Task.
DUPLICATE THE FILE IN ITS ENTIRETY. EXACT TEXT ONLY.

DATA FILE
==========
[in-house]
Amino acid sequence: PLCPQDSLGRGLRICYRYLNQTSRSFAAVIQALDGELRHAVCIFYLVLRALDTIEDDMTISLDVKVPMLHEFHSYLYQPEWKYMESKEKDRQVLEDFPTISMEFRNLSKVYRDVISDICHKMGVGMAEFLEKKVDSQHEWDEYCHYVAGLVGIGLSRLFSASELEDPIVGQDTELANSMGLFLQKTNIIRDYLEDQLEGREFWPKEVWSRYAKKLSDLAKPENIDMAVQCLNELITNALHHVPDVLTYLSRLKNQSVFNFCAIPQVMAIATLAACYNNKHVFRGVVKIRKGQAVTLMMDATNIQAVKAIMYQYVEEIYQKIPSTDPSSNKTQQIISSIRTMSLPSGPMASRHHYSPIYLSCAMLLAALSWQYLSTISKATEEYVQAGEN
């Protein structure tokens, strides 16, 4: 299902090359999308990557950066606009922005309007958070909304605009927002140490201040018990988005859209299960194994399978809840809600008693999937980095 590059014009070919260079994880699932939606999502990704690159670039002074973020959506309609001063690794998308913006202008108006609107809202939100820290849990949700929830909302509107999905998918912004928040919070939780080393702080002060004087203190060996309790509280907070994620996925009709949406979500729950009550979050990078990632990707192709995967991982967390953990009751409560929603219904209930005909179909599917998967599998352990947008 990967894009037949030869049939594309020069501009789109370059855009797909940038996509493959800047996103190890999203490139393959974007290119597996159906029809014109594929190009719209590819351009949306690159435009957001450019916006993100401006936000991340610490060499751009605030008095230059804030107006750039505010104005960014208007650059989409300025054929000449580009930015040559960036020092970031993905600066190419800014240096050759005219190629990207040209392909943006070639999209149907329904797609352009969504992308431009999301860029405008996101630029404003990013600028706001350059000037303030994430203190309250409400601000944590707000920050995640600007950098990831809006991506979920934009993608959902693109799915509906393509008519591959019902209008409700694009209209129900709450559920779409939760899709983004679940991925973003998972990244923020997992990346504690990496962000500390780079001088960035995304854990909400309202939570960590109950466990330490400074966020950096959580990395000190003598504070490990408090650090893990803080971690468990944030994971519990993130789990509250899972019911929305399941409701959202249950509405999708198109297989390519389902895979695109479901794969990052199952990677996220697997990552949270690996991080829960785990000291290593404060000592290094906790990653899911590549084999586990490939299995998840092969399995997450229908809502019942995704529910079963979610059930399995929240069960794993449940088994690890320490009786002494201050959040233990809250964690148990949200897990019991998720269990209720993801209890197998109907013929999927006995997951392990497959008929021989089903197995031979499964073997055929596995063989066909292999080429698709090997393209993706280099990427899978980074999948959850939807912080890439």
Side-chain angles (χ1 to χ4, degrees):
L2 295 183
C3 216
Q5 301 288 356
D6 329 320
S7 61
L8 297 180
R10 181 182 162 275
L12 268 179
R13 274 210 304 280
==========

[in-house]
Amino acid sequence: PLCPQDSLGRGLRICYRYLNQTSRSFAAVIQALDGELRHAVCIFYLVLRALDTIEDDMTISLDVKVPMLHEFHSYLYQPEWKYMESKEKDRQVLEDFPTISMEFRNLSKVYRDVISDICHKMGVGMAEFLEKKVDSQHEWDEYCHYVAGLVGIGLSRLFSASELEDPIVGQDTELANSMGLFLQKTNIIRDYLEDQLEGREFWPKEVWSRYAKKLSDLAKPENIDMAVQCLNELITNALHHVPDVLTYLSRLKNQSVFNFCAIPQVMAIATLAACYNNKHVFRGVVKIRKGQAVTLMMDATNIQAVKAIMYQYVEEIYQKIPSTDPSSNKTQQIISSIRTMSLPSGPMASRHHYSPIYLSCAMLLAALSWQYLSTISKATEEYVQAGEN
């Protein structure tokens, strides 16, 4: 299902090359999308990557950066606009922005309007958070909304605009927002140490201040018990988005859209299960194994399978809840809600008693999937980095 590059014009070919260079994880699932939606999502990704690159670039002074973020959506309609001063690794998308913006202008108006609107809202939100820290849990949700929830909302509107999905998918912004928040919070939780080393702080002060004087203190060996309790509280907070994620996925009709949406979500729950009550979050990078990632990707192709995967991982967390953990009751409560929603219904209930005909179909599917998967599998352990947008 990967894009037949030869049939594309020069501009789109370059855009797909940038996509493959800047996103190890999203490139393959974007290119597996159906029809014109594929190009719209590819351009949306690159435009957001450019916006993100401006936000991340610490060499751009605030008095230059804030107006750039505010104005960014208007650059989409300025054929000449580009930015040559960036020092970031993905600066190419800014240096050759005219190629990207040209392909943006070639999209149907329904797609352009969504992308431009999301860029405008996101630029404003990013600028706001350059000037303030994430203190309250409400601000944590707000920050995640600007950098990831809006991506979920934009993608959902693109799915509906393509008519591959019902209008409700694009209209129900709450559920779409939760899709983004679940991925973003998972990244923020997992990346504690990496962000500390780079001088960035995304854990909400309202939570960590109950466990330490400074966020950096959580990395000190003598504070490990408090650090893990803080971690468990944030994971519990993130789990509250899972019911929305399941409701959202249950509405999708198109297989390519389902895979695109479901794969990052199952990677996220697997990552949270690996991080829960785990000291290593404060000592290094906790990653899911590549084999586990490939299995998840092969399995997450229908809502019942995704529910079963979610059930399995929240069960794993449940088994690890320490009786002494201050959040233990809250964690148990949200897990019991998720269990209720993801209890197998109907013929999927006995997951392990497959008929021989089903197995031979499964073997055929596995063989066909292999080429698709090997393209993706280099990427899978980074999948959850939807912080890439």
Side-chain angles (χ1 to χ4, degrees):
L2 295 183
C3 216
Q5 301 288 356
D6 329 320
S7 61
L8 297 180
R10 181 182 162 275
L12 268 179
R13 274 210 304 280